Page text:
I’m very late, but everything is now available!
I’m very late, but everything is now available!
I don’t think I’ll ever like a blurb as much as I like the one for Thorns. I initially didn’t like the one I’d put together for Rose Red, but after some back-and-forth with my alpha reader, I sat on it for a while, then turned it into something that works.
Fortunately, it wasn’t as bad as the first few versions of Nocturne‘s blurb. I fixed that one seriously last minute. Rose Red‘s is last minute, too, but at least most of it was already in place. Just had to rework the first main paragraph.
Hair as black as night, skin as white as bone, lips as red as blood…
Just because the princess wakes up doesn’t mean she’s saved.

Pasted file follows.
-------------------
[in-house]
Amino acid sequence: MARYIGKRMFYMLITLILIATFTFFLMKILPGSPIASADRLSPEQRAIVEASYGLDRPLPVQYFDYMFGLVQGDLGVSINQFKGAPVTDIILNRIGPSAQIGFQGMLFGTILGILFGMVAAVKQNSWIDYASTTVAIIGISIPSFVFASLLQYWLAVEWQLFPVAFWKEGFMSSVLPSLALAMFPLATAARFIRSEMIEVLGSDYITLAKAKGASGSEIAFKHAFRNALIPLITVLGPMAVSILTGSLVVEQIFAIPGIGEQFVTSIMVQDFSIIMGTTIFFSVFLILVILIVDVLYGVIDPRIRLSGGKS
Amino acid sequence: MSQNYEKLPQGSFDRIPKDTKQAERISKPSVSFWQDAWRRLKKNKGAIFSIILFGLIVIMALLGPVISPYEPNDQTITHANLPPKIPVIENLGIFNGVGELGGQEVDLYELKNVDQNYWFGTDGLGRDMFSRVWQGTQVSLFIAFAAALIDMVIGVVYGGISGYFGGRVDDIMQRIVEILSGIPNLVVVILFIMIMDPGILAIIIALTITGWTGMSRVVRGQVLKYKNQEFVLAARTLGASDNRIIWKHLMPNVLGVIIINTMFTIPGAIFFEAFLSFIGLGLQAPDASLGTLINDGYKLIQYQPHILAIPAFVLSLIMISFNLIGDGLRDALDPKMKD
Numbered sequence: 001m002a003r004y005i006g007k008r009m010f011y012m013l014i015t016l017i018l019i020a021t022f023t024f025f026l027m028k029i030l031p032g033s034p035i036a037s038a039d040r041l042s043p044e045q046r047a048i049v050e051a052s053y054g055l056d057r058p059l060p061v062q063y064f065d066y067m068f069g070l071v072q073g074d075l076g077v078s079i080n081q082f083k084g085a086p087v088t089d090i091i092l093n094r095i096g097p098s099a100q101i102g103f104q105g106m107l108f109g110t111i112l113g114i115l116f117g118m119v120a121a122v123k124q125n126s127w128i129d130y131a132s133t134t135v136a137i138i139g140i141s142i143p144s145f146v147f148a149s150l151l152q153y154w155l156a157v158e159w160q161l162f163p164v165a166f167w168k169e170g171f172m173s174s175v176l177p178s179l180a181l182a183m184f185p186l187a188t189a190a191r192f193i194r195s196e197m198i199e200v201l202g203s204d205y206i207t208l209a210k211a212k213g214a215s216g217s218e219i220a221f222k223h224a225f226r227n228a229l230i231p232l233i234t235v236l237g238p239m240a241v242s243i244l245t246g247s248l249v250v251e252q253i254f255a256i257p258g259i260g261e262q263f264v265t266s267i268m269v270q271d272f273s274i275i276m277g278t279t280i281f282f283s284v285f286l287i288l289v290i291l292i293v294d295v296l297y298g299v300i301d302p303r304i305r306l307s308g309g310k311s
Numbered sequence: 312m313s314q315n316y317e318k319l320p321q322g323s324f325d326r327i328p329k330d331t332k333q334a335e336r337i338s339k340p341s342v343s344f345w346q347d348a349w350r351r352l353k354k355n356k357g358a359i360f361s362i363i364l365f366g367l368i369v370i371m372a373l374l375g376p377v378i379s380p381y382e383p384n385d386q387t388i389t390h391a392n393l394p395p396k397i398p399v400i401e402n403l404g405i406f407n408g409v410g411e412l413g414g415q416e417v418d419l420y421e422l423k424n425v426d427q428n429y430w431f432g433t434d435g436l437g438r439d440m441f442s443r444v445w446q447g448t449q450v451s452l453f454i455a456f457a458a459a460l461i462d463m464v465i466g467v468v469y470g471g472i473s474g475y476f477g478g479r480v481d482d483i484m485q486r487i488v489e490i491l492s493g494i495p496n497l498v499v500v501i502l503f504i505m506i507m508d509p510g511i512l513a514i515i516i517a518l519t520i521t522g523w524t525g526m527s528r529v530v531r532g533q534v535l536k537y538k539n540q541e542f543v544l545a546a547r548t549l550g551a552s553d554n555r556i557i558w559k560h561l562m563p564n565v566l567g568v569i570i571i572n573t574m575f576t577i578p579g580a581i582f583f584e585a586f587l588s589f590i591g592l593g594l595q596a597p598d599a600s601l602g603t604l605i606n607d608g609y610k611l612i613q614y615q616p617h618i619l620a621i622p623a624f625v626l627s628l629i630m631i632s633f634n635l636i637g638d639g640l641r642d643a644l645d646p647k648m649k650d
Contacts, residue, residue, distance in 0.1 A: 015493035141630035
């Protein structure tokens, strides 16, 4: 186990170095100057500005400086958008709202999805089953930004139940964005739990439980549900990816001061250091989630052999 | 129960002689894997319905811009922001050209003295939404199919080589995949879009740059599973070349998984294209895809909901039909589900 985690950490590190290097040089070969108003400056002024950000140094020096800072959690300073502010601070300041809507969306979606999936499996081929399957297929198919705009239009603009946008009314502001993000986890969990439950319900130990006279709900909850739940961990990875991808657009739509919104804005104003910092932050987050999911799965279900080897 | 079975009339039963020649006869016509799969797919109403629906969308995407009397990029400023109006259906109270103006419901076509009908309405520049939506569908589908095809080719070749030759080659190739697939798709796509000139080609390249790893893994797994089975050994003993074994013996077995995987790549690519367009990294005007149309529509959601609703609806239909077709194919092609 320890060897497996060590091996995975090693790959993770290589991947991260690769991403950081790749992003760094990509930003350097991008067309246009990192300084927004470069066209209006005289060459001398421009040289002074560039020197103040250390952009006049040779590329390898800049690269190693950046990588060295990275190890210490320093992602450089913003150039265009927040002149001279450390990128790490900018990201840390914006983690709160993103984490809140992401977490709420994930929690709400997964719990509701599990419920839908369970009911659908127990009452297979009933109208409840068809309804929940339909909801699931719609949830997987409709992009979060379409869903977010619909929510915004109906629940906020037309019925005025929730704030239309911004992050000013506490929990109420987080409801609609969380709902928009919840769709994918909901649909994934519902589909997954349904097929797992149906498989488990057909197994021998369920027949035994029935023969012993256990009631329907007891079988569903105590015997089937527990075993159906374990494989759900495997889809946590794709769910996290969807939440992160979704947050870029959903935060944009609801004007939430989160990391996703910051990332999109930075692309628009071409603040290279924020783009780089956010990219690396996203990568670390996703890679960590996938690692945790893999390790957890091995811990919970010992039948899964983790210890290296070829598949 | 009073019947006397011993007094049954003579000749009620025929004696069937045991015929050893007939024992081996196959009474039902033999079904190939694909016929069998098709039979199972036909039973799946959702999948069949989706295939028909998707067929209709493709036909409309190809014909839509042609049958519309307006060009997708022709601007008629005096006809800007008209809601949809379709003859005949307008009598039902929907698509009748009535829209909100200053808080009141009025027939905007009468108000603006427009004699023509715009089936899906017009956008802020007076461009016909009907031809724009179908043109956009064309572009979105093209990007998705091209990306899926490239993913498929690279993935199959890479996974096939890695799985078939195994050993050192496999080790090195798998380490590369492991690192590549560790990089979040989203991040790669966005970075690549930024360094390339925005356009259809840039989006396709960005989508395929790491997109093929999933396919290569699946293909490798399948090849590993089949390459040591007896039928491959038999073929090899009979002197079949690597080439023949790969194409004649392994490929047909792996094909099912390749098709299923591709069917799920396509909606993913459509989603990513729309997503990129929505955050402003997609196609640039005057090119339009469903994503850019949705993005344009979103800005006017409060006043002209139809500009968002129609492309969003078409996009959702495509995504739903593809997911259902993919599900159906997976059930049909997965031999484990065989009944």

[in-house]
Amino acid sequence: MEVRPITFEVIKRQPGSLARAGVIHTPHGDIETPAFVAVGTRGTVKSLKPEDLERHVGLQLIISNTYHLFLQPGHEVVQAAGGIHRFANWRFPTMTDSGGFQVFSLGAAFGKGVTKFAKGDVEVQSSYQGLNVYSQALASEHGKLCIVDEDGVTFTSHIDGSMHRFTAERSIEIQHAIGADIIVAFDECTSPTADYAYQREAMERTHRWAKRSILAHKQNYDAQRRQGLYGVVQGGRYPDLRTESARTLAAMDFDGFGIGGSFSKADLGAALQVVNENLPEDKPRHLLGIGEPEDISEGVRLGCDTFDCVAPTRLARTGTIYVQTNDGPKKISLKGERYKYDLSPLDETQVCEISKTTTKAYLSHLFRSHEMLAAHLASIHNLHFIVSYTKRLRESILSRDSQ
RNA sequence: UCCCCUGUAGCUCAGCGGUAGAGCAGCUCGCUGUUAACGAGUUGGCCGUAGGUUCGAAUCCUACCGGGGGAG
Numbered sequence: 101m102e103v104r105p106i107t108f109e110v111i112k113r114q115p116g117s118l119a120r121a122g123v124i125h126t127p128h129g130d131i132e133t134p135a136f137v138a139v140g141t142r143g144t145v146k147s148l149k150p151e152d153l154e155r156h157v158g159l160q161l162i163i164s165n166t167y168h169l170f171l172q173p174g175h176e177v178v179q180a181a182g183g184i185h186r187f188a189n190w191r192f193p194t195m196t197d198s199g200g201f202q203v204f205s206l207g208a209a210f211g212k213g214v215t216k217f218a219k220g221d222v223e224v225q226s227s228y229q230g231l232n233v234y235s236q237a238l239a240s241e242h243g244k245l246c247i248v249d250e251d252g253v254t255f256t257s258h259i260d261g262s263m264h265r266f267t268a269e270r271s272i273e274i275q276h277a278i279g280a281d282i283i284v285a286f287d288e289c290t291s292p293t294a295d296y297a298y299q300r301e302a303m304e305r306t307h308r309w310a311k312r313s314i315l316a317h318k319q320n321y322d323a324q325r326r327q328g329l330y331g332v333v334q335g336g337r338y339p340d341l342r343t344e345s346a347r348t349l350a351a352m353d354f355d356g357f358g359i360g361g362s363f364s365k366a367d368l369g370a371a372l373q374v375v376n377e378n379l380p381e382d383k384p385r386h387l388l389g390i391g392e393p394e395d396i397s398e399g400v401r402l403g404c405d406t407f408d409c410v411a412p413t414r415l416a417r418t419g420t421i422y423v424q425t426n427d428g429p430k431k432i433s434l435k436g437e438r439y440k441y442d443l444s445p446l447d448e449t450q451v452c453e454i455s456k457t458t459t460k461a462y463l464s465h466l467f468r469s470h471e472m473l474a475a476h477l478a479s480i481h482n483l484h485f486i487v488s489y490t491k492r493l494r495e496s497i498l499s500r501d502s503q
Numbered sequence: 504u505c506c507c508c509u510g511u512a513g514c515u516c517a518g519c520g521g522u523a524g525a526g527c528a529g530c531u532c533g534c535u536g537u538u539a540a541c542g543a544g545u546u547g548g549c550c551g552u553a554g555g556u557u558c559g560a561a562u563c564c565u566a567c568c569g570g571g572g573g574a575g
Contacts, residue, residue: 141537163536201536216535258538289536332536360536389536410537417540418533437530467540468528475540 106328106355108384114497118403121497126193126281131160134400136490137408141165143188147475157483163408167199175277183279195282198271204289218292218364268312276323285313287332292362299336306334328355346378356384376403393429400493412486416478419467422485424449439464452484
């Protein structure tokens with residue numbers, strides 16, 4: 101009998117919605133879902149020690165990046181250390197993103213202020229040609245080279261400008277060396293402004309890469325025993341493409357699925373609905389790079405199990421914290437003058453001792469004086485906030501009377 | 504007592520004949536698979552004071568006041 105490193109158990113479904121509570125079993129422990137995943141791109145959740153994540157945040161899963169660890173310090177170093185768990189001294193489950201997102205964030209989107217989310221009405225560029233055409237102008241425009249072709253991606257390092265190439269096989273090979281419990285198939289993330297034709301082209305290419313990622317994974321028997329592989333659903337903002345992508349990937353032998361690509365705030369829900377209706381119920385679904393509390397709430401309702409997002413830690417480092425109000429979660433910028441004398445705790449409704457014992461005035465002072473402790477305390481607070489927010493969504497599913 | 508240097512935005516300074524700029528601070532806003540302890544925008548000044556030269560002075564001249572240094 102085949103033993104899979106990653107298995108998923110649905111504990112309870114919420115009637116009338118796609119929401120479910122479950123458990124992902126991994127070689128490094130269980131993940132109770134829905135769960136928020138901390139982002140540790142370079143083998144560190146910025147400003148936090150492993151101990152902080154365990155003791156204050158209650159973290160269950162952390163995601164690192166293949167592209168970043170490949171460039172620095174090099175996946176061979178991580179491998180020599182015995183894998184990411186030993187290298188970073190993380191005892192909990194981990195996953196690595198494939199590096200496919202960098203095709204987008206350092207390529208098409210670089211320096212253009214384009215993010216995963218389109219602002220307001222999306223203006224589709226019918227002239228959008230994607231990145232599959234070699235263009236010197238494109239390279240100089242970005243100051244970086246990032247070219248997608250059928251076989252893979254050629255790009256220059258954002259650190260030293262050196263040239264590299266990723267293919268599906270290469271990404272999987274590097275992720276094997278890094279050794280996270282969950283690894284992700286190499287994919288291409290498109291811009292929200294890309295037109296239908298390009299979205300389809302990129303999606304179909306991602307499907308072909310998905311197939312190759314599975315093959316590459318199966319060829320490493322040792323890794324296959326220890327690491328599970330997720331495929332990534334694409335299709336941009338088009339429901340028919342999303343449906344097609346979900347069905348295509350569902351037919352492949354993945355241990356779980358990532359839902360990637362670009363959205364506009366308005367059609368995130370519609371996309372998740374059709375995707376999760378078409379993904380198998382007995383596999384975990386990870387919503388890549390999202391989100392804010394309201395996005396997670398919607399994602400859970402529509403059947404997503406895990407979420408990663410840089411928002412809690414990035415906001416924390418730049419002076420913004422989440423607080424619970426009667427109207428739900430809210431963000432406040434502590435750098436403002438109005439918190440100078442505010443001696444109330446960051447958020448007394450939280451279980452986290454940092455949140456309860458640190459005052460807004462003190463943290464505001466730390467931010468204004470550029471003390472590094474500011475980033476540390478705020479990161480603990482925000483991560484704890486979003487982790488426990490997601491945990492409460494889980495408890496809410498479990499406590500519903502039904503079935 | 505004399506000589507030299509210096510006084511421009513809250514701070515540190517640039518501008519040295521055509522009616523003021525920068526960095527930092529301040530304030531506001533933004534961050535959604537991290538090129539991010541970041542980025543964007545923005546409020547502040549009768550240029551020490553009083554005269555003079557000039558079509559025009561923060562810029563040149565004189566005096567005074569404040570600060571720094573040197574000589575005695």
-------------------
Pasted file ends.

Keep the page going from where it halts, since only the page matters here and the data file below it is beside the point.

After Sylvaine and the Sleeping Kingdom awaken from their enchantments, the Hunter Brotherhood struggles to help the cursed population adjust to life in the modern world.
But when Sylvaine turns up in New York City with no explanation, then goes missing, the search leads Olivia, Griffin, and companions old and new deeper into even darker stories, grim tales with more endings that haven’t gone as planned.
From giant rats to stolen hearts, it turns out saving princesses isn’t as simple as a kiss.
I know it’s been a while since I last updated. I had computer troubles and needed to send it out for repairs. It took a lot longer than I thought it was going to, because I just told myself I’d wait until I got it back before doing any blogging. Joke’s on me, I guess.